Common Stereotypes - Defending and Embracing Working Roots

On vacation, at the Mediterranean.

When we went out for beer at the beach with a couple of my wife's cousins (people who were at our wedding here in southern France 26 years ago), I found myself trying to simplify my thoughts so that my French vocabulary would be less of a struggle.  My French isn't too bad "for an American truck driver".  But I admit I don't try as hard as I used to.  My wife and kids speak exclusively in French, but most of my vocabulary is now about reminding teenagers to clean up a mess in the kitchen.  It's not very philosophical stuff.

Anyway, when you're my age and you come to visit inlaws in France once a year, you wind up retelling and re-asking and re-recounting a lot of the same stuff anyway.  And one of the "small talk" topics is always whether I fit a stereotype of "American" based on the French news.

I've frequently posted about the Ozark Mountains, where my family is from.  That three out of 4 of my great grandparents made their own shoes, Foxfire style, from goat skins.  The 4th set worked with the Burueau of Indian Affairs (my great grandfather William Freeland - hence my middle name - was personal friends with John Niehardt, author/translator of Black Elk Speaks - who also retired to Branson area).

In America, in college, I was always asked whether I was really from the Ozarks.  My dad was a college professor at the University of Arkansas (Journalism/Mass Communications), I say.  But ahah! I was born in Massachusetts (my dad had a 2 year beat reporter job there between his BA and Ph.D at Columbia Missouri).  I answer I was brought back to the Ozarks in a laundry basket in the back of a Volkswagen at one year old, but no doubt a bunch of redneck blew off me when the windows were down.

So taking a stereotype that a French person has about Americans, and seeing them figure out how I'm an exception, is familiar territory.  I'm fat enough for some of the stereotypes, and I keep a Hawaii shirt inventory (a bit tongue in cheek, but helps my kids find me on the beach).

But the people I feel a lot in common with are Africans.

#theafricathemedianevershowsyou looks an awful lot like #thesouththemedianevershowsyou or #theozarksthemedianevershowsyou

The Africans I tend to meet are pretty savvy folks.  Emmanuel Eric Nyaletey just got his second or third degree - in Coding - at Georgia Tech, where he took a year off at Good Point Recycling for a full scholarship offer.  He originally got a degree in computer engineering at the University of Accra, Ghana, then somehow got accepted at St. Michael's College in Vermont, married a woman from Vergennes and settled down.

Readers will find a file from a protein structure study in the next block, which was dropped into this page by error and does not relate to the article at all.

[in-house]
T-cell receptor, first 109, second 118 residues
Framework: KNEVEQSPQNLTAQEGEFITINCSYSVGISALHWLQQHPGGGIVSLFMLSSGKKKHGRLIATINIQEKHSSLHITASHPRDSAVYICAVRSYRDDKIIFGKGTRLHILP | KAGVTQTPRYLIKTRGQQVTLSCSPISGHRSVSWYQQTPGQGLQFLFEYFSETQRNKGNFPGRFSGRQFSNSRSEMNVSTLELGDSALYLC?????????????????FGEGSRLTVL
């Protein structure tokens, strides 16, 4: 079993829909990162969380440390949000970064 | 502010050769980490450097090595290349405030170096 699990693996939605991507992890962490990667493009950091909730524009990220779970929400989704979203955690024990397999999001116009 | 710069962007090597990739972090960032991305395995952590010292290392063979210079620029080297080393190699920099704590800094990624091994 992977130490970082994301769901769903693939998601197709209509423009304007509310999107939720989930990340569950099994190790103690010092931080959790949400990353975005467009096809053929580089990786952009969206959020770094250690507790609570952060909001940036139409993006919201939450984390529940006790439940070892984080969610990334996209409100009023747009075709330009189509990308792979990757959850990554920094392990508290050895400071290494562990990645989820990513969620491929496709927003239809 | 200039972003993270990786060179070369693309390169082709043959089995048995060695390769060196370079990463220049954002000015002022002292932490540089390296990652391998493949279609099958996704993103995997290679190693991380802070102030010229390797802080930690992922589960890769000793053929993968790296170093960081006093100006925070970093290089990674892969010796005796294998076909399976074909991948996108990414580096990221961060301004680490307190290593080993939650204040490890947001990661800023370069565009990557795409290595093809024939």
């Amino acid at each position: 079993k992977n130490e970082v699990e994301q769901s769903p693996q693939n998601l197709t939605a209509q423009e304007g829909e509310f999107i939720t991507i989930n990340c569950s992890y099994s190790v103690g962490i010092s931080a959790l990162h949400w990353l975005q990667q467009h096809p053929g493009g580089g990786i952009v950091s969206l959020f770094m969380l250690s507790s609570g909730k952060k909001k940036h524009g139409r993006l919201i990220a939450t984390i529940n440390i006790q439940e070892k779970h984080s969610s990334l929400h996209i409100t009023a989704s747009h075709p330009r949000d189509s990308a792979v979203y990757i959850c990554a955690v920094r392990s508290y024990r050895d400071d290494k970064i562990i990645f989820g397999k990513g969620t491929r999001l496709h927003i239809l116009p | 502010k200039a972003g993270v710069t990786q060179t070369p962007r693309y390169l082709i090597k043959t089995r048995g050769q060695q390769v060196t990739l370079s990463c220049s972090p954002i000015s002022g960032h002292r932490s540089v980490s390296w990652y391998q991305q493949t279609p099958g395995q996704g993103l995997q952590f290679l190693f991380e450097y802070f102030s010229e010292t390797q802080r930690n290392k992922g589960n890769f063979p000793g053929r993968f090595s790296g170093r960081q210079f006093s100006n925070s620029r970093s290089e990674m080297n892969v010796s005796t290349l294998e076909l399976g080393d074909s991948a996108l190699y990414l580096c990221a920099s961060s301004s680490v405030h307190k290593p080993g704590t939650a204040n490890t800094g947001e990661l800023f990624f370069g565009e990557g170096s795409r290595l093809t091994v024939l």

I feel like I understand the stereotypes they deal with.  Because it's not that the stereotypes about Africa are completely wrong, any more than that everyone from the Arkansas Missouri line is married to a Francophone studies Ph.D.  There is a deep chasm in commentary on Facebook between most of my Vermont liberal friends and many of my family and friends in the South.   In the same way as I used to want to gloss over the "redneck" (which I always told my kids means a farmer whose neck is red from working in a field, and that they shouldn't use the term without remembering that), my younger African friends show fatigue in their eyes when some regular problem gets in the news that shows the continent is an ebola zone or Boka Haram headquarters.

My fantasy is to start a "Beverly Hillbillies" program about rural Africa, one that embraces and monetizes the stereotype, a la Branson Missouri, Silver Dollar City.  But that would have drawn HUGE glares in the 1960s abd 70s, when my family - including people like Author (great Uncle) Elmo Ingenthron - were rather miffed that the entire USA knew about us through "Snuffy Smith" and "L'il Abner" and "Barney Google" and "Jed Clampett" and "Green Acres" and "Hee Haw", etc.

My wife has to sit through "French surrender monkeys" and sort through stereotypes honestly, just as I do.  I see a lot of my conservative red state friends as being "proud of ignorance", a kind of stubbornness that rankles.  But I see it in my fellow Vermonter Bernie supporters too.  None of us is immune to self-certainty and false conclusions.  We must all study stereotypes and compare them with statistics over time.

Africa today is developing at a rate far faster than the Ozarks did from 1840 to 1940.

In the Ozarks, the bottom line was how hard you worked.  That applied equally to physical labor and "book learning".  We were ashamed of our lazy kin, and proud of our hard working kin.  And that's why the term "redneck" bothered me, I guess, is that the relatives with the reddest necks were the ones on the tractors - or even yes behind mules, until 1990s.

In Africa, I adored my students who did their homework and really applied themselves to what I was trying to teach in class.   And I respected the polite people I saw working in the sun, working their asses off, to feed the African continent.

Less educated people will find it harder to let go of stereotypes.  But laziness definitely, definitely, corresponds well with welfare and government assistance and crime.  People ask my wife if I'm liberal or conservative.  I don't know how she answers.  But her best friends, among her cousins, are those she worked with in the mountainside vineyards.

What I listen to at the beach at the Mediterranean. The original "Tennessee Stud" by Jimmie Driftwood.  This was probably on the radio in the Volkswagen driving back from Massachusetts.

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